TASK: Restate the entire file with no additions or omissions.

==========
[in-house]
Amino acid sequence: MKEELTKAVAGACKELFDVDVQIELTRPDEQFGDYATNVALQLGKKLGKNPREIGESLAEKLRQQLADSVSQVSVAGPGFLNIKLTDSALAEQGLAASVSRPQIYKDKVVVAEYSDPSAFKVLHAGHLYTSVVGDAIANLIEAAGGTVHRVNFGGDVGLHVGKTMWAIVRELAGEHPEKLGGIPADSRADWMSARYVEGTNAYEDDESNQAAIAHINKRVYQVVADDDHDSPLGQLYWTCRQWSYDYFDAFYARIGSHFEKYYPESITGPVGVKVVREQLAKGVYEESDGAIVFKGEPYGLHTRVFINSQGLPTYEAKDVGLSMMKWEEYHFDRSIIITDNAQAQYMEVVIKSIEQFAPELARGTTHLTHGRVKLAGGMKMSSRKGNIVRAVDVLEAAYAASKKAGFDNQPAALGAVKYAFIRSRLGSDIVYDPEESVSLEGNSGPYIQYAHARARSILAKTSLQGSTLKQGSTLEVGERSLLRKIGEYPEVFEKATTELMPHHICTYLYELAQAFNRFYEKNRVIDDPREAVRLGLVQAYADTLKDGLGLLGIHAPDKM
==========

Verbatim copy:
[in-house]
Amino acid sequence: MKEELTKAVAGACKELFDVDVQIELTRPDEQFGDYATNVALQLGKKLGKNPREIGESLAEKLRQQLADSVSQVSVAGPGFLNIKLTDSALAEQGLAASVSRPQIYKDKVVVAEYSDPSAFKVLHAGHLYTSVVGDAIANLIEAAGGTVHRVNFGGDVGLHVGKTMWAIVRELAGEHPEKLGGIPADSRADWMSARYVEGTNAYEDDESNQAAIAHINKRVYQVVADDDHDSPLGQLYWTCRQWSYDYFDAFYARIGSHFEKYYPESITGPVGVKVVREQLAKGVYEESDGAIVFKGEPYGLHTRVFINSQGLPTYEAKDVGLSMMKWEEYHFDRSIIITDNAQAQYMEVVIKSIEQFAPELARGTTHLTHGRVKLAGGMKMSSRKGNIVRAVDVLEAAYAASKKAGFDNQPAALGAVKYAFIRSRLGSDIVYDPEESVSLEGNSGPYIQYAHARARSILAKTSLQGSTLKQGSTLEVGERSLLRKIGEYPEVFEKATTELMPHHICTYLYELAQAFNRFYEKNRVIDDPREAVRLGLVQAYADTLKDGLGLLGIHAPDKM